Sabotage at Calif. Grid Operator

It reads like the perfect storm of data center security nightmares: A disgruntled technician from a third-party contractor gains access to your data center and hits the Emergency Power Off (EPO) button. Here’s the rub: the data center controls the electrical grid for the state of California.

It happened last week at the California Independent System Operator (Cal-ISO) in Folsom, Calif., which manages the state’s power infrastructure. The FBI says that Lonnie Denison, a computer specialist at Science Applications International Corp. (SAIC), intentionally hit the “big red button” after finding his computer access to the Cal-ISO network had been restricted. Denison has a “history of mental illness, drug abuse and alcohol issues,” according to the FBI affidavit, and SAIC had warned days earlier that he should be denied access to the facility Cal-ISO facility, authorities said.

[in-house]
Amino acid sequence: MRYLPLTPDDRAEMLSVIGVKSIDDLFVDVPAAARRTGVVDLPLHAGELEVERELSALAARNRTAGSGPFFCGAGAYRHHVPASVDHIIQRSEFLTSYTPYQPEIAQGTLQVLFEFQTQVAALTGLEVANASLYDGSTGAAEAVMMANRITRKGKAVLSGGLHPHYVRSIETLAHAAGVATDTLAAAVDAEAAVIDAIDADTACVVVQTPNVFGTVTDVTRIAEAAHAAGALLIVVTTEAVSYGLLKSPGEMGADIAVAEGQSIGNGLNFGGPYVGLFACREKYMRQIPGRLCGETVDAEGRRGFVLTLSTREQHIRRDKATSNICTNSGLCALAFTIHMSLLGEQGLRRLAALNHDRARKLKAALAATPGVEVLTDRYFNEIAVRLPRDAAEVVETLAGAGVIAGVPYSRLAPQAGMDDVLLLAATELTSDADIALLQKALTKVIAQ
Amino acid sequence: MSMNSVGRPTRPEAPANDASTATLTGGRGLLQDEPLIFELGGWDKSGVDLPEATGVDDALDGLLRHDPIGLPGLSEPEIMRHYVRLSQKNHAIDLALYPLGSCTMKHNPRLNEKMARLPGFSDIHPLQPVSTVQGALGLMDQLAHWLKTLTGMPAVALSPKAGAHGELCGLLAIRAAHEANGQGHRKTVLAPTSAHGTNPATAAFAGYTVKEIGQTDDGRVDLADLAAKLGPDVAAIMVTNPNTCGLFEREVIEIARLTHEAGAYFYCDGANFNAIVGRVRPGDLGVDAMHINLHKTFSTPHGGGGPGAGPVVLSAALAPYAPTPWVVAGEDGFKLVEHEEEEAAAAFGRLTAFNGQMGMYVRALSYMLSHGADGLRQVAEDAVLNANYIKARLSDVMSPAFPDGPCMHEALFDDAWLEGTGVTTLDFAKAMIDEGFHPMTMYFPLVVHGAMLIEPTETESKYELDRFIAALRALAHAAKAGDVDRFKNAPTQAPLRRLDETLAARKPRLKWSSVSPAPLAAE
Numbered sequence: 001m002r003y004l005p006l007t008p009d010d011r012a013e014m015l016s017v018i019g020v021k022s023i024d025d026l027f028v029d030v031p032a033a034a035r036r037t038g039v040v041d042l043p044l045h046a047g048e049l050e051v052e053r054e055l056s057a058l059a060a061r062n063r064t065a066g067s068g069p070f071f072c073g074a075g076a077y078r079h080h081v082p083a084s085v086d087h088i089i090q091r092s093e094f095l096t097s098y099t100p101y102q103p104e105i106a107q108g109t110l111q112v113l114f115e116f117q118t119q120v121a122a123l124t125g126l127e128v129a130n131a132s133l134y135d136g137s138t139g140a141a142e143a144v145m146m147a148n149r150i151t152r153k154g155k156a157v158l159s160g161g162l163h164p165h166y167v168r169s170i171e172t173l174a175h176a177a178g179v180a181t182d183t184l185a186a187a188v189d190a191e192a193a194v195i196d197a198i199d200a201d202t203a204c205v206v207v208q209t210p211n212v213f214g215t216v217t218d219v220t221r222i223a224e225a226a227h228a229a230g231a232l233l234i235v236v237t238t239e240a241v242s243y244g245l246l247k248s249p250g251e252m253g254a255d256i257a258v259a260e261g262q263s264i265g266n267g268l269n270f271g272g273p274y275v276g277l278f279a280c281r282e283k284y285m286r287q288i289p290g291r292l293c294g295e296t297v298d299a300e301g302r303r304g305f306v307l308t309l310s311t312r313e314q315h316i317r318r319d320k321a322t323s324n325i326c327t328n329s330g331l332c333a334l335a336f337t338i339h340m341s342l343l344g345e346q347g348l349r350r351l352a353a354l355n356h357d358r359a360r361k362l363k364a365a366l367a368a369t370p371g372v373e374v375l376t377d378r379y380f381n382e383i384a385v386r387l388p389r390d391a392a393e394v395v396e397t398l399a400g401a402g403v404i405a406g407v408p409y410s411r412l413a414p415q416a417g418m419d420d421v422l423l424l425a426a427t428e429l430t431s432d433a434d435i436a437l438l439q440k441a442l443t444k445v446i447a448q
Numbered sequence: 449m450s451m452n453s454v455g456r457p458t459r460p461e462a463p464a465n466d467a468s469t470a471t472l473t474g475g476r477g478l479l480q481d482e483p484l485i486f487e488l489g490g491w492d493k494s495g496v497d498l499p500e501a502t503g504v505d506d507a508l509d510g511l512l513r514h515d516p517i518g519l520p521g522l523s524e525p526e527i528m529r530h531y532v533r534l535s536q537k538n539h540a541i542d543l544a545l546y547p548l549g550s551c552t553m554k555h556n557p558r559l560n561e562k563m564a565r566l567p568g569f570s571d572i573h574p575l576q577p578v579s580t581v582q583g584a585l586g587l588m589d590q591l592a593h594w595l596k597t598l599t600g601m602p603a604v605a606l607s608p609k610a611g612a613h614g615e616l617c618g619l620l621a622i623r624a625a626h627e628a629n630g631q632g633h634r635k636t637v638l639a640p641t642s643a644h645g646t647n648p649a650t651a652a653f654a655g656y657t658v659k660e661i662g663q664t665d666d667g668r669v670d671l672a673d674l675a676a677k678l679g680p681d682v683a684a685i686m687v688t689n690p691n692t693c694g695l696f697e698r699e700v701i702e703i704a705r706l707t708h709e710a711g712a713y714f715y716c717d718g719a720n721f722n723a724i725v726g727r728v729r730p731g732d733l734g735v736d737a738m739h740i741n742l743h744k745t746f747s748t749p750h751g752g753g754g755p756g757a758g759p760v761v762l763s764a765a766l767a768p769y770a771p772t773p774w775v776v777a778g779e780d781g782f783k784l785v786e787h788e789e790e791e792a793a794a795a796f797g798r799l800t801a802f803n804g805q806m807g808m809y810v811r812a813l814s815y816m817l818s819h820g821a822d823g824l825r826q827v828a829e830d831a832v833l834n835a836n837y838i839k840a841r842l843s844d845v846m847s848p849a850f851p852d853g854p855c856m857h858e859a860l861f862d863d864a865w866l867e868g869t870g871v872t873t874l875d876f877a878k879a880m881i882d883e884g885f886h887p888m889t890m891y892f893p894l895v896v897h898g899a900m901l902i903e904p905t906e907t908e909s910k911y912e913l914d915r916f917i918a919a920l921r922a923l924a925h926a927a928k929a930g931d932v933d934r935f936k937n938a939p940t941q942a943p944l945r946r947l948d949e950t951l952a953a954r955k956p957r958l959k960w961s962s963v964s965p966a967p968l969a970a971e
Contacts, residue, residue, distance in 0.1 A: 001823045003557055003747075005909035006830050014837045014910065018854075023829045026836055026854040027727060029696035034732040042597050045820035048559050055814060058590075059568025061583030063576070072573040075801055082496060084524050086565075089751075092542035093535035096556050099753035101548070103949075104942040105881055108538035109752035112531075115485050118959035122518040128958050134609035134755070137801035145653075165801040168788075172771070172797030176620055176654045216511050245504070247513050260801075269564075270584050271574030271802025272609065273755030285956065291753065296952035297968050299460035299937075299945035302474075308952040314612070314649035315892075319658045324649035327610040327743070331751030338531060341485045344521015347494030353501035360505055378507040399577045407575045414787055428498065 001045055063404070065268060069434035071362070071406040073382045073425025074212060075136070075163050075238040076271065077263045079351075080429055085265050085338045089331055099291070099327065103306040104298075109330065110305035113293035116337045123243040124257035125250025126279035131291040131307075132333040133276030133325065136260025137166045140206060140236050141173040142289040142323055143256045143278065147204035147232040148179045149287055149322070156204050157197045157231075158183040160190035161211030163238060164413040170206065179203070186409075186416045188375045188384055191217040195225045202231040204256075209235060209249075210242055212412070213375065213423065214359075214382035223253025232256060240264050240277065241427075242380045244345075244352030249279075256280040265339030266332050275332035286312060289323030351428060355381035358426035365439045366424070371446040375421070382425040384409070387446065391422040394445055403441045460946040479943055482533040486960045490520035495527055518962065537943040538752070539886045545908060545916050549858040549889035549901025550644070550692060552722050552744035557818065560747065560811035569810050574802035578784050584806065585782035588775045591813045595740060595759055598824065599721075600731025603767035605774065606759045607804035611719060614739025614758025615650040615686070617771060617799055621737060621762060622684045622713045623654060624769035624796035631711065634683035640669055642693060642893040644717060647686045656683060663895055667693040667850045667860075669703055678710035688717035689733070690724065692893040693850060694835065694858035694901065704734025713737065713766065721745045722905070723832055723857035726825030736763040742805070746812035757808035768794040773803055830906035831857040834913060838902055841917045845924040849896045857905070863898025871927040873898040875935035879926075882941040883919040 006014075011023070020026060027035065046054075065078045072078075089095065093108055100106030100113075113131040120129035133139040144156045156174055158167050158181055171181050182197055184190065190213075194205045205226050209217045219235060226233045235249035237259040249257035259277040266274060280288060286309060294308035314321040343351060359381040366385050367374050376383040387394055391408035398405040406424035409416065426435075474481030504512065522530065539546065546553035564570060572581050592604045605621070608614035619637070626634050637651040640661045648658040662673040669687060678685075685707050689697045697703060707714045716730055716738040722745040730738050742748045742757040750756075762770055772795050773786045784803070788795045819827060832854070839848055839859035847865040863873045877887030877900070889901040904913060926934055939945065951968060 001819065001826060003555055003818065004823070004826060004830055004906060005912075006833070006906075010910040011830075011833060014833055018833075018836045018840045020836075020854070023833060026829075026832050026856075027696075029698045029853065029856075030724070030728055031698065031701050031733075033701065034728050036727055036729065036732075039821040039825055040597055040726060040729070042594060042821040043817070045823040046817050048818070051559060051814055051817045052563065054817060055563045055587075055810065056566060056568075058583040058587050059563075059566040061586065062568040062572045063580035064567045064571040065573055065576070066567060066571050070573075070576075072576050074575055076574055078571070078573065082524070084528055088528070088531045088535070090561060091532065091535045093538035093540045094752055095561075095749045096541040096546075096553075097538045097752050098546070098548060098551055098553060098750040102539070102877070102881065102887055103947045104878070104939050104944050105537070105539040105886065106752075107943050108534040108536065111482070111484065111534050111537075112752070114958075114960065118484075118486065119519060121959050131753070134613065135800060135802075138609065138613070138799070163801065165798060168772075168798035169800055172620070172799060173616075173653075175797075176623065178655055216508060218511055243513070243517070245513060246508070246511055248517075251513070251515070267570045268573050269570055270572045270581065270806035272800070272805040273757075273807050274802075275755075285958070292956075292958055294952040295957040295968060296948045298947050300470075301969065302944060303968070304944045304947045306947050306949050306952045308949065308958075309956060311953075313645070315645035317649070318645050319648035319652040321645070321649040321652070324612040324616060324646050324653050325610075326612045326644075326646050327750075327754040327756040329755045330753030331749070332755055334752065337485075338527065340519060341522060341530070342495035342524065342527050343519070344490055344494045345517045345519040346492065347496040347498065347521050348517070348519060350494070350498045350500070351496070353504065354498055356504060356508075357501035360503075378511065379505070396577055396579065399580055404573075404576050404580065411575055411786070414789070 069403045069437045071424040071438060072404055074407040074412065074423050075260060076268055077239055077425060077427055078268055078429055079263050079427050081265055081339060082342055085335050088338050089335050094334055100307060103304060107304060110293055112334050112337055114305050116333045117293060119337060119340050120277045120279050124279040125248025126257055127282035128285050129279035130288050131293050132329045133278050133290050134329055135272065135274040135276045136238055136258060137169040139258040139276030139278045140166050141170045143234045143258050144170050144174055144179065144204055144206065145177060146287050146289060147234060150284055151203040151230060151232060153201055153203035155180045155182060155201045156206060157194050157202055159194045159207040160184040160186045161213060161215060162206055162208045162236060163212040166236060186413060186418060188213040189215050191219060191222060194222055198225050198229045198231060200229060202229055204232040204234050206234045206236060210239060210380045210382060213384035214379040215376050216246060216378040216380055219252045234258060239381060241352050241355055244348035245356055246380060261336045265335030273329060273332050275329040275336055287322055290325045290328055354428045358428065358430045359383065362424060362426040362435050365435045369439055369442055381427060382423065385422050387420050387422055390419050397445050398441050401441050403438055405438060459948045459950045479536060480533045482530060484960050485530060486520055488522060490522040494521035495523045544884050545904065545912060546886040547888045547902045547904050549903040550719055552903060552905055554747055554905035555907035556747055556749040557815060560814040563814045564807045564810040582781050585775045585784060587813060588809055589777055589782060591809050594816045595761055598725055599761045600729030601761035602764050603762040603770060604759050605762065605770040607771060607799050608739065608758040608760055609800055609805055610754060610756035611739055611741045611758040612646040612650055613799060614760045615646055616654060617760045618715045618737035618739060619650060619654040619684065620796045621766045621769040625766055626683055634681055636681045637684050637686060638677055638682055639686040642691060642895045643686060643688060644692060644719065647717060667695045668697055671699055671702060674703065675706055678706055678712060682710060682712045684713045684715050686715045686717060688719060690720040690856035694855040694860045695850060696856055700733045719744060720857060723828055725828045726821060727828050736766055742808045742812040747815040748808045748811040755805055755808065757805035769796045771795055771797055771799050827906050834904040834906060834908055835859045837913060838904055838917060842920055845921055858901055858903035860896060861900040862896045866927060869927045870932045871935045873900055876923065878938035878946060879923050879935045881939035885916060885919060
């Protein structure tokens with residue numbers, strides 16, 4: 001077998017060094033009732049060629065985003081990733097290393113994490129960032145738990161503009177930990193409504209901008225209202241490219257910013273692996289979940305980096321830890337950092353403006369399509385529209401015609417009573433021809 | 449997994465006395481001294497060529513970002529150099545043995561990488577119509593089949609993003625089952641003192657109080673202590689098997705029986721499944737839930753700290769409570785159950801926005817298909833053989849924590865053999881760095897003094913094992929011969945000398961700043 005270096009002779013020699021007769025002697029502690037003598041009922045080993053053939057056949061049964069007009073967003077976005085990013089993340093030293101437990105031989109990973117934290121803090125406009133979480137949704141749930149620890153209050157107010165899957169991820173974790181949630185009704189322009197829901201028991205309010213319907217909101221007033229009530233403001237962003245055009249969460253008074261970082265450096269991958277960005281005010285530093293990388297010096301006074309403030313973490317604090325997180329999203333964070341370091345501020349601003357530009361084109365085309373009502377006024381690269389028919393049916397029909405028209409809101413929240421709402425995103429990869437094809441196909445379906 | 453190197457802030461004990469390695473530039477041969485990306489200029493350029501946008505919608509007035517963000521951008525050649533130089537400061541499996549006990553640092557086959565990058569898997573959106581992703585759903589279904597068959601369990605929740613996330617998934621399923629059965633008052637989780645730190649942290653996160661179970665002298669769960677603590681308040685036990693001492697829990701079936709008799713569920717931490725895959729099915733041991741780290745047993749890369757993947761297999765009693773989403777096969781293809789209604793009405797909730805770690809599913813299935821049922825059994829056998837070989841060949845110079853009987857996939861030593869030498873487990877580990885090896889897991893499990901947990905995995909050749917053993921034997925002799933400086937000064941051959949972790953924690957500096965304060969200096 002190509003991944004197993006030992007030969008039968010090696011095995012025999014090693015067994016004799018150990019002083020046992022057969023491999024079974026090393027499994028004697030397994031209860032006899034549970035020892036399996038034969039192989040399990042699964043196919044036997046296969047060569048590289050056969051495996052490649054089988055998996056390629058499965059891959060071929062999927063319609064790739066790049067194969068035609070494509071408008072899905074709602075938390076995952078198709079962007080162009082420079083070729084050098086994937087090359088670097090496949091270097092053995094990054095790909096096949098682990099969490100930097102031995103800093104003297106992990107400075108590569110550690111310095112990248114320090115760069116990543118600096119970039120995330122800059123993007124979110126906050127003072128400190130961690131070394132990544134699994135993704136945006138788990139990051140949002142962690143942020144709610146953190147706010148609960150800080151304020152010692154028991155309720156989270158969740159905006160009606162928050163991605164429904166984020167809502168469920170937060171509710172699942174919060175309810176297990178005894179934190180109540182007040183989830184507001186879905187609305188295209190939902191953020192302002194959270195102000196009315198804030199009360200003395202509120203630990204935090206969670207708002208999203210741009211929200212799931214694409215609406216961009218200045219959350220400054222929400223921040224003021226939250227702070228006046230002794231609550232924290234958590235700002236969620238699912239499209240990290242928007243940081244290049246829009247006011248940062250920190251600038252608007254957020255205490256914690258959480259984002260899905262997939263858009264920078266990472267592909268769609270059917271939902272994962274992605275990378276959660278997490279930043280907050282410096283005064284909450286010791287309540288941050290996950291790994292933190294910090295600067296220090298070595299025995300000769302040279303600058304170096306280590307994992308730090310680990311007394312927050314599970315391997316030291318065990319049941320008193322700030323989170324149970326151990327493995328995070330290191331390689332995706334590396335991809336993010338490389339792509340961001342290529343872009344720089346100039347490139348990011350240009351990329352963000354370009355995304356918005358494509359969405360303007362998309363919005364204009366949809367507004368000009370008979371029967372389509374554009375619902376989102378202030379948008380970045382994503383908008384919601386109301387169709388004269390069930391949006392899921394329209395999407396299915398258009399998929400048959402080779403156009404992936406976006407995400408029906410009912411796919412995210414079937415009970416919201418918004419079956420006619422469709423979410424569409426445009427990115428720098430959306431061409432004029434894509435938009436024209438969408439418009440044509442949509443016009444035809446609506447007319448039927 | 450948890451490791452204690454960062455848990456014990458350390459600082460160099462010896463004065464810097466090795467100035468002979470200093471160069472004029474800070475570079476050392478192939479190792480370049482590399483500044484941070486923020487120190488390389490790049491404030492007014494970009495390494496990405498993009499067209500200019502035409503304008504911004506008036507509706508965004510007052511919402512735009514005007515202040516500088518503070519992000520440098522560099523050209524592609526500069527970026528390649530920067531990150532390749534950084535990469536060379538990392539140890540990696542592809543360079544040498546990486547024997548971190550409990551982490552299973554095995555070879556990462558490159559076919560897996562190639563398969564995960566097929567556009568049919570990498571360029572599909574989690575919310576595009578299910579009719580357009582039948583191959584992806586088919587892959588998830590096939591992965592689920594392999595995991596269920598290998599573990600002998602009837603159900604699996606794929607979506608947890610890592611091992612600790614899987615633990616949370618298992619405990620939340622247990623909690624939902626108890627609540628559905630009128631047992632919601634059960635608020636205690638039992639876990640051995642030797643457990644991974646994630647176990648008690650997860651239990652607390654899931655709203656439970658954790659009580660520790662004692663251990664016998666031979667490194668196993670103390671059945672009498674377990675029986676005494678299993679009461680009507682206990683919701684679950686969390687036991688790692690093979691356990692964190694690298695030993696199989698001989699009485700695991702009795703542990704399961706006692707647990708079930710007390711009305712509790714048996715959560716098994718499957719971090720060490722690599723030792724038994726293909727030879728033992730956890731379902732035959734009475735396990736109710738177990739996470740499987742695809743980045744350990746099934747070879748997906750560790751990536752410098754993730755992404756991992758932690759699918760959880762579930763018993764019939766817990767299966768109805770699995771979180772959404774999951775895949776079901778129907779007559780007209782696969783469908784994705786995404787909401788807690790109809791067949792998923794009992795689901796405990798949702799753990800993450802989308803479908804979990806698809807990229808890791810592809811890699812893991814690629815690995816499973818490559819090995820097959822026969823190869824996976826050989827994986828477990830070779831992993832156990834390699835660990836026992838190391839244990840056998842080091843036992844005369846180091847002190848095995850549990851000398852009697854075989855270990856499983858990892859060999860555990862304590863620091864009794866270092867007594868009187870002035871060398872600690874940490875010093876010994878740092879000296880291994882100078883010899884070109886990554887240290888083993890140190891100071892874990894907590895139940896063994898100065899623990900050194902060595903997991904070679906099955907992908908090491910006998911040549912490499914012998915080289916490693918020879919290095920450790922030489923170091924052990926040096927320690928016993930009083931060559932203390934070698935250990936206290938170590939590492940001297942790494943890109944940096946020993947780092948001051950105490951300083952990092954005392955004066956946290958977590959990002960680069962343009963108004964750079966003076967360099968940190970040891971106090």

Officials say Denison was able gain access to the Cal-ISO data center, which was secured by a electronic card readers and a handprint scanner. Once inside, he broke a glass seal and hit the EPO button, crashin the data center – but thankfully, not the grid. Officials said that has the outage occurred during normal business hours, it could have disrupted the western United State’s power grid. Twenty computer technicians worked for seven hours to restore the systems.

The April 15 incident has raised alarms among state and federal energy regulators. “Something failed,” Erik Saltmarsh, executive director of the California Electricity Oversight Board, told the AP. “It’s bad. It clearly flags that there is a problem either in the procedures” or the way they were carried out.

Denison was arrested by the FBI on Wednesday and charged with attempted destruction of an electrical facility.

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About the Author

Rich Miller is the founder and editor at large of Data Center Knowledge, and has been reporting on the data center sector since 2000. He has tracked the growing impact of high-density computing on the power and cooling of data centers, and the resulting push for improved energy efficiency in these facilities.